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Chuckwagon horse dies following Stampede race, animal rights group demands justice

An animal rights organization is demanding a crack down on animal cruelty in the rodeo scene following the death of a horse that was removed from a chuckwagon race at the Calgary Stampede on Monday.

According to a release from the Calgary Stampede (CS), a chuckwagon race horse required veterinary care due to a "serious internal medical condition" during a race yesterday.

The 14-year-old gelding, owned by Troy Dorchester, later died as a result of that condition.

A post-mortem exam is underway to "learn as much as possible" about the horse's death, who had passed a veterinary exam prior to the chuckwagon races, CS says.

"At this time there is no indication that this medical condition is specific to chuckwagon racing," the release noted.

Animal Justice, an animal rights group, is calling for an investigation into the incident, alleging that the rodeo is engaging in animal cruelty.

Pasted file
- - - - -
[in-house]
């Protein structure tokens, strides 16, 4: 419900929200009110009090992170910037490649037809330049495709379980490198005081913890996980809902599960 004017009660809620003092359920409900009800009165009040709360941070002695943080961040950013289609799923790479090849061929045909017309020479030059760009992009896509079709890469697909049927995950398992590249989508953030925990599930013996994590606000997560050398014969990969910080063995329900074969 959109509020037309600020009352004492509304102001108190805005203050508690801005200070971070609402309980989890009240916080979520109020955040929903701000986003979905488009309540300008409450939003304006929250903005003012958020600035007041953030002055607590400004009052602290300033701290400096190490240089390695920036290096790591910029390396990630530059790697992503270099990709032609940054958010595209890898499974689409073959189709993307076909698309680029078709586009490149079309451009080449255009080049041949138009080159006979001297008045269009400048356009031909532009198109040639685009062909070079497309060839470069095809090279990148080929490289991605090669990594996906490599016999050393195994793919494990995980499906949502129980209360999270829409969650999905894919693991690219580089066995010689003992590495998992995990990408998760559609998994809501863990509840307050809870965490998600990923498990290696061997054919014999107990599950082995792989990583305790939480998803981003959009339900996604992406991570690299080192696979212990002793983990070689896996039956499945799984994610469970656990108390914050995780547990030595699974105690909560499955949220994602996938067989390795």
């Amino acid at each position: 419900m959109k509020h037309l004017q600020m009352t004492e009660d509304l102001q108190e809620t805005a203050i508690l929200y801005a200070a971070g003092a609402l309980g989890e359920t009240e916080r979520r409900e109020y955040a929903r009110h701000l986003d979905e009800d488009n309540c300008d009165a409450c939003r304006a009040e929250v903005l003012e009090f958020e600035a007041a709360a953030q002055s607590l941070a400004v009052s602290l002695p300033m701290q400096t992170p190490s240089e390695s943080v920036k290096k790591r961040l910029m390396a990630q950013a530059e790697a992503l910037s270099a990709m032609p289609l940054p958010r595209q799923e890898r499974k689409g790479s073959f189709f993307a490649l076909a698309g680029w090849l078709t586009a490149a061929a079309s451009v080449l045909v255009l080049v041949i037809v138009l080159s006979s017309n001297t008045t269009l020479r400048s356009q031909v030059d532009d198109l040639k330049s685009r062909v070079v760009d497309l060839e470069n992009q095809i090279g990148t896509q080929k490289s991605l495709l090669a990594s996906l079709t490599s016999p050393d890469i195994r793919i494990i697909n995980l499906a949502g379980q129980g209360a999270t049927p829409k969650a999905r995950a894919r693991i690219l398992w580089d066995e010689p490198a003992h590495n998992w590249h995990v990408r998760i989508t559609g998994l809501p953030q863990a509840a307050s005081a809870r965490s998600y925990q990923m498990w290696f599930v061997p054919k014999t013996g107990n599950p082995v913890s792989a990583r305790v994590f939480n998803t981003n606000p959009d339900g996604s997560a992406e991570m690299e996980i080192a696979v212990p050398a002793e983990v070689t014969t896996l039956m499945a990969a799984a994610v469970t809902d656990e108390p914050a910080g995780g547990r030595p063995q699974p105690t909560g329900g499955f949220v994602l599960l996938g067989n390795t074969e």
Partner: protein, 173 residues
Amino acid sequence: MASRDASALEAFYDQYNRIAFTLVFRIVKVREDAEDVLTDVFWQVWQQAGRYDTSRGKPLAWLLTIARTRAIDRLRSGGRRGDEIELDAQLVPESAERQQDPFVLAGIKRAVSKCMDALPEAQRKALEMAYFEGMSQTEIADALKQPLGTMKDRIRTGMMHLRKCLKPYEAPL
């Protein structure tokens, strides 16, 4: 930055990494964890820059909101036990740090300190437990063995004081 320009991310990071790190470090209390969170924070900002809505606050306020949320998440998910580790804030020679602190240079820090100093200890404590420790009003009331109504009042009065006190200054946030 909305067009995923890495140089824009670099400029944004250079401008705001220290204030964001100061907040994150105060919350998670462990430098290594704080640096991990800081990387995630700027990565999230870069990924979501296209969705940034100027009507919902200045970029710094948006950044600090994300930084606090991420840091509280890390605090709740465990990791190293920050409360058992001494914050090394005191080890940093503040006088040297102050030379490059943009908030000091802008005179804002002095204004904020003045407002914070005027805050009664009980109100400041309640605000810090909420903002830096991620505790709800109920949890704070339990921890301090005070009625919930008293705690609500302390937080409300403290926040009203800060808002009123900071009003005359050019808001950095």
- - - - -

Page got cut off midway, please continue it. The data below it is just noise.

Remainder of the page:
“It’s time for law enforcement to finally crack down on animal cruelty at rodeo events. This latest heartbreaking horse death must be fully investigated,” said Camille Labchuk, a lawyer and executive director of Animal Justice.

“It’s illegal under Alberta’s provincial animal welfare laws to cause distress to animals, and rodeo events are not above the law. Predictably, animals die and suffer serious injuries nearly every year in chuckwagon races and other dangerous rodeo events at the Stampede. This crisis of cruelty urgently needs to be addressed by law enforcement and the courts.”

Labchuk cites an animal death tracker being done by Vancouver Humane Society, stating that 100 animals have been killed in the rodeo since 1986.



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